Researchers have made an important step forward in understanding the complex genetic structure of autism spectrum disorders.
The causes of autism and autism spectrum disorder (ASD) are complex, and contain elements of both nature (genes) and the environment. New research published in BioMed Central's open access journal Molecular Autism shows that common genetic polymorphisms (genetic variation) can add up to an increased risk of ASD.
Scientists at Washington University School of Medicine in St. Louis have identified a genetic mutation that may underlie common behaviors seen in some people with autism, such as difficulty communicating and resistance to change.
University of Adelaide researchers have uncovered a genetic signal common to both cerebral palsy and autism.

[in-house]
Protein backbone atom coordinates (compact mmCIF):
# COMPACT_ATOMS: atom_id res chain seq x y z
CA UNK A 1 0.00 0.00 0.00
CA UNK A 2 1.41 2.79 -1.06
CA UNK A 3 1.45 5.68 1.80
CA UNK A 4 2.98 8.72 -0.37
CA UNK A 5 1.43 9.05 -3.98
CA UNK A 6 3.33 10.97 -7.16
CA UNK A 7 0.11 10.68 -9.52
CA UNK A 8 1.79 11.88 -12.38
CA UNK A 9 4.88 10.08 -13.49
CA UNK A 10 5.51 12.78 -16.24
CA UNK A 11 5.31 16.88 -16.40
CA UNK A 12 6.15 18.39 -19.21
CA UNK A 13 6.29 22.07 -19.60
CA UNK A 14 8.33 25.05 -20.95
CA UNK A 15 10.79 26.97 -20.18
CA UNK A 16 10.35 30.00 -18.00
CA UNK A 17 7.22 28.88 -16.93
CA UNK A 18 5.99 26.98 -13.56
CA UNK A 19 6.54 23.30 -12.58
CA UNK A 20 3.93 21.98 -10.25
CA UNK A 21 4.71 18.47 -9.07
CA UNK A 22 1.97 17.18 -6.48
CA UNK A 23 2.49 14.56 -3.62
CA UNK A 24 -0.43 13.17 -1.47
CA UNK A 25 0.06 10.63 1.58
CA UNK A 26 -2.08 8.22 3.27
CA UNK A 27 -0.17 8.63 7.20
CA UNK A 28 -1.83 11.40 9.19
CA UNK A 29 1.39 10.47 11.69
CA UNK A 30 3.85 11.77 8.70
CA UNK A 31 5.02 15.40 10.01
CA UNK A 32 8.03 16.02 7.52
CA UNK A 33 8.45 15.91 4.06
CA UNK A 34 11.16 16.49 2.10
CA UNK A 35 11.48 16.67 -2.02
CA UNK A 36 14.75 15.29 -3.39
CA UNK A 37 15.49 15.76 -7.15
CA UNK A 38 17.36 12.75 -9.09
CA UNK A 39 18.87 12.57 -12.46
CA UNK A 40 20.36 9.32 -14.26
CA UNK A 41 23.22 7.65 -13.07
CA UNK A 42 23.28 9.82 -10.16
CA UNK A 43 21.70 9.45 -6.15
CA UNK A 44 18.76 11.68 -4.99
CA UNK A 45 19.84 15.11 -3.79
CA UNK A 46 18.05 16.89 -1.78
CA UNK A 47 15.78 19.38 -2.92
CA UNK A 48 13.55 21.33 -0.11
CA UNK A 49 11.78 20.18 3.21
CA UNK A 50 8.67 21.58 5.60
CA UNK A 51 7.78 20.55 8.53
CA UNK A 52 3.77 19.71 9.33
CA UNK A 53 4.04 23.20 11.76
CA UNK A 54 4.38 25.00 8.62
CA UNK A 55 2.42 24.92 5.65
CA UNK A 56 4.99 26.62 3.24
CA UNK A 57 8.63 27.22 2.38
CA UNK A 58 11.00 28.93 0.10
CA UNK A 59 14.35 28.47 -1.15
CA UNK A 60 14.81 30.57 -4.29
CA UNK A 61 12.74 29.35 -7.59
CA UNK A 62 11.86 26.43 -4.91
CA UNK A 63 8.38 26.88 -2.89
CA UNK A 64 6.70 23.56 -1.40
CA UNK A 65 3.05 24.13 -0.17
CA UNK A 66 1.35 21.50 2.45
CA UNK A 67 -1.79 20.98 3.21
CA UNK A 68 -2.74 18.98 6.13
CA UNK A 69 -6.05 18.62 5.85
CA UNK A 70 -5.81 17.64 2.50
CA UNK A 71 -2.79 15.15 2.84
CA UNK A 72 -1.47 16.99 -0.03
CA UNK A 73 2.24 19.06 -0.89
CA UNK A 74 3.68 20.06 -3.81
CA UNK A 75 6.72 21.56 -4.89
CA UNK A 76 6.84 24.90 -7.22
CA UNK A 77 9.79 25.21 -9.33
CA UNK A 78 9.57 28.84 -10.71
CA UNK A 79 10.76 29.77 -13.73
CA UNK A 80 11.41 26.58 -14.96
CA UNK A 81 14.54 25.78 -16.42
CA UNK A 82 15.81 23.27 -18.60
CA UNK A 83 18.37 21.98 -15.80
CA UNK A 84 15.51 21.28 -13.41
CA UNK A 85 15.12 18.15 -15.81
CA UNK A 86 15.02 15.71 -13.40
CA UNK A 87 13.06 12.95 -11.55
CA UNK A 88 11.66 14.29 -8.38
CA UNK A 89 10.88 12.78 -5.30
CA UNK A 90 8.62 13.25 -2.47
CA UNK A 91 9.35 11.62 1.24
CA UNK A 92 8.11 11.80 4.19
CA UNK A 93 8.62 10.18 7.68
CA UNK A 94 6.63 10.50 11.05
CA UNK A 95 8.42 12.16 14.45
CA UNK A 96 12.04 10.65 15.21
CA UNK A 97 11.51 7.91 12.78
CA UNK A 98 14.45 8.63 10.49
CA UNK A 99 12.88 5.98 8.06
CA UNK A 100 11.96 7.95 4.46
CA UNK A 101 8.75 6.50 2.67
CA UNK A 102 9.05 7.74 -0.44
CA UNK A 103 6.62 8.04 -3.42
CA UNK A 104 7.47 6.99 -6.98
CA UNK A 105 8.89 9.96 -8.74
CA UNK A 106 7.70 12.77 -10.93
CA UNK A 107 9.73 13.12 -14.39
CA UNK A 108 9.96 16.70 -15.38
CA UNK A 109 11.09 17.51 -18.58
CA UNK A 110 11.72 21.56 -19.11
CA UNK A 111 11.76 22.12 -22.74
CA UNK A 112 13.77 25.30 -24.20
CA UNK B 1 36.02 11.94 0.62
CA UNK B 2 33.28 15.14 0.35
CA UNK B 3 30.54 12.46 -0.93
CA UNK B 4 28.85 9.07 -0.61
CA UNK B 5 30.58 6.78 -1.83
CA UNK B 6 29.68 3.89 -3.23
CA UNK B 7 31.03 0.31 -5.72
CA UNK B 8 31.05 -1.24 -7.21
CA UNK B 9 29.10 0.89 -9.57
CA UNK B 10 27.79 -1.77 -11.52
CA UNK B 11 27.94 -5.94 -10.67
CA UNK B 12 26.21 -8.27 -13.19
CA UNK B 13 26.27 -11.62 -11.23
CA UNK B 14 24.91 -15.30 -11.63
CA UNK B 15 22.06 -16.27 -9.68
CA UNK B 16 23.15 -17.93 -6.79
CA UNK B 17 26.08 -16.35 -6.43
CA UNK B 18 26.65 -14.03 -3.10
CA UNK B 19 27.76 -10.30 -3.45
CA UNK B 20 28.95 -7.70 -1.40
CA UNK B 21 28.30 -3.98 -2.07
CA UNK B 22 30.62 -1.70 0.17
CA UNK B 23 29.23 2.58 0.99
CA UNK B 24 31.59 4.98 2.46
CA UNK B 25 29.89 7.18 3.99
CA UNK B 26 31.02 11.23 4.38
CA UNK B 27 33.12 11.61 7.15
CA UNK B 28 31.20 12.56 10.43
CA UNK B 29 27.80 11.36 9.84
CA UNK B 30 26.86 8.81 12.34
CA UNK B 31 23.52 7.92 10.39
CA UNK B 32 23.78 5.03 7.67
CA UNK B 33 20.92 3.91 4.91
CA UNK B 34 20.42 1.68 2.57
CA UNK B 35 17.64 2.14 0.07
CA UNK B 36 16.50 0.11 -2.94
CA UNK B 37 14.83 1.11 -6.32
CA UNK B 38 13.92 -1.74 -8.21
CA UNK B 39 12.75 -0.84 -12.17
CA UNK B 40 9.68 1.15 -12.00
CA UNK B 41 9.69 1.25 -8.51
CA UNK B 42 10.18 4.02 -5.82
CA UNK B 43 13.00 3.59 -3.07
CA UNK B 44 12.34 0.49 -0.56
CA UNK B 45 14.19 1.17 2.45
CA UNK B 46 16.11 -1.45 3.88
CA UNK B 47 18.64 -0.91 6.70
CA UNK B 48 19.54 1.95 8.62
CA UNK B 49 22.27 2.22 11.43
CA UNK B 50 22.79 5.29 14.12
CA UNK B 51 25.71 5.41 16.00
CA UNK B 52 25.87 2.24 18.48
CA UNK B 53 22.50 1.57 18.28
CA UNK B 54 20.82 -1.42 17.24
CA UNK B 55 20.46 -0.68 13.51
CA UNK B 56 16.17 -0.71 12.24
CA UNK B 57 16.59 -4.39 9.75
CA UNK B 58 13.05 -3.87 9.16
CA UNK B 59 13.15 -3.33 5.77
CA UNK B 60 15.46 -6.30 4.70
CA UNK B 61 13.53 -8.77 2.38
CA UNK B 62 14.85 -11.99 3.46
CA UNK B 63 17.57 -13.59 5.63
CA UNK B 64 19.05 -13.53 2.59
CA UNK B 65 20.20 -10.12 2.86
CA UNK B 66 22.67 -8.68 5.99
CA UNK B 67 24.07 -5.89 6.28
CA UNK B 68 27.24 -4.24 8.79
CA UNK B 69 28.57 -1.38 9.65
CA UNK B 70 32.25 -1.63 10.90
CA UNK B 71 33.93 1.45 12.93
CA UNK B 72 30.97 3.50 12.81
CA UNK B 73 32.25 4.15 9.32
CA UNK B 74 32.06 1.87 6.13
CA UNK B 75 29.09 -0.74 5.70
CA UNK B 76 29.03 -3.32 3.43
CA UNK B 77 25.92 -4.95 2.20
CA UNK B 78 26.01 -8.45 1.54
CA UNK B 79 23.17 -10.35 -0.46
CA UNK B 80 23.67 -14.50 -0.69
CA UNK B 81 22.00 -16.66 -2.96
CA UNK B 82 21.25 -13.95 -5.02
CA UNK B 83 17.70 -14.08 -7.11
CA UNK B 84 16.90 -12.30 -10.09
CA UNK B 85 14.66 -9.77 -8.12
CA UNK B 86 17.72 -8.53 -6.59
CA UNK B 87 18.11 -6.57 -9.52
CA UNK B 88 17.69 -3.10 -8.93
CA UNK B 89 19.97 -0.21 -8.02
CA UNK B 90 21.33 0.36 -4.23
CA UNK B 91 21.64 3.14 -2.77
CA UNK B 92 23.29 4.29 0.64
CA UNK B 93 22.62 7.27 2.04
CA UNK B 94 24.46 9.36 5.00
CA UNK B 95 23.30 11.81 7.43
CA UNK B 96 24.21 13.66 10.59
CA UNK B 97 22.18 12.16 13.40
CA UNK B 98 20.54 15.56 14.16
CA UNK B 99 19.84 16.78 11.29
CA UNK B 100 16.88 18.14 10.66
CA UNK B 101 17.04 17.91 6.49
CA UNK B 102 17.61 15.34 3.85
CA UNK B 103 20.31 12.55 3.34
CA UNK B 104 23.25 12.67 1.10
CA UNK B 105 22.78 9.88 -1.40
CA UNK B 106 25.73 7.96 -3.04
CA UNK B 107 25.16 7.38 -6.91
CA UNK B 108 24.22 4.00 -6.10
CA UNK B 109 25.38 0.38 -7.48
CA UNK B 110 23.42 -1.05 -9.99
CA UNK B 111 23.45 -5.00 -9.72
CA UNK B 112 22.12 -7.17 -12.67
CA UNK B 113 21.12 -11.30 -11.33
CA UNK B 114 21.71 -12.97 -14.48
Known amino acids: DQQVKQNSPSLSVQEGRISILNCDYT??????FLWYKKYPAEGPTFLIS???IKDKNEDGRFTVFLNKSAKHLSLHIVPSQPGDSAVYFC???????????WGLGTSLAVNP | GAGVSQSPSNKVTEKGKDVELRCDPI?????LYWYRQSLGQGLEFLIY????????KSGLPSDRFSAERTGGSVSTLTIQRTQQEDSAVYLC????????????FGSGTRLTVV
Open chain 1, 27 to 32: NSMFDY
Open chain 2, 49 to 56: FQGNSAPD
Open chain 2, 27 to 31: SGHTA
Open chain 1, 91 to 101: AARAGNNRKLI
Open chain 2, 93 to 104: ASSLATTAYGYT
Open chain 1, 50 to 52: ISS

For the first time, scientists have discovered that five major psychiatric disorders—autism, attention deficit-hyperactivity disorder (ADHD), bipolar disorder, major depressive disorder and schizophrenia—share several common genetic risk factors.
Just last week, U.S. health authorities announced that autism is more common than previously thought. About 1 in 88 children in the United States have an autism spectrum disorder, according to the report. Autism spectrum disorders are developmental conditions associated with impaired social communication and repetitive behaviors or fixated interests. Diagnoses have risen 78% since 2000, partly because of greater awareness, and partly for reasons entirely unknown. Most medications don't help, and while some find improvements with intense (and expensive) behavioral therapy, there is no cure.
Schizophrenia and autism probably share a common origin, hypothesises Dutch researcher Annemie Ploeger following an extensive literature study.
A review of the genetic and biochemical abnormalities associated with autism reveals a possible link between the widely diagnosed neurological disorder and Type 2 diabetes, another medical disorder on the rise in recent decades.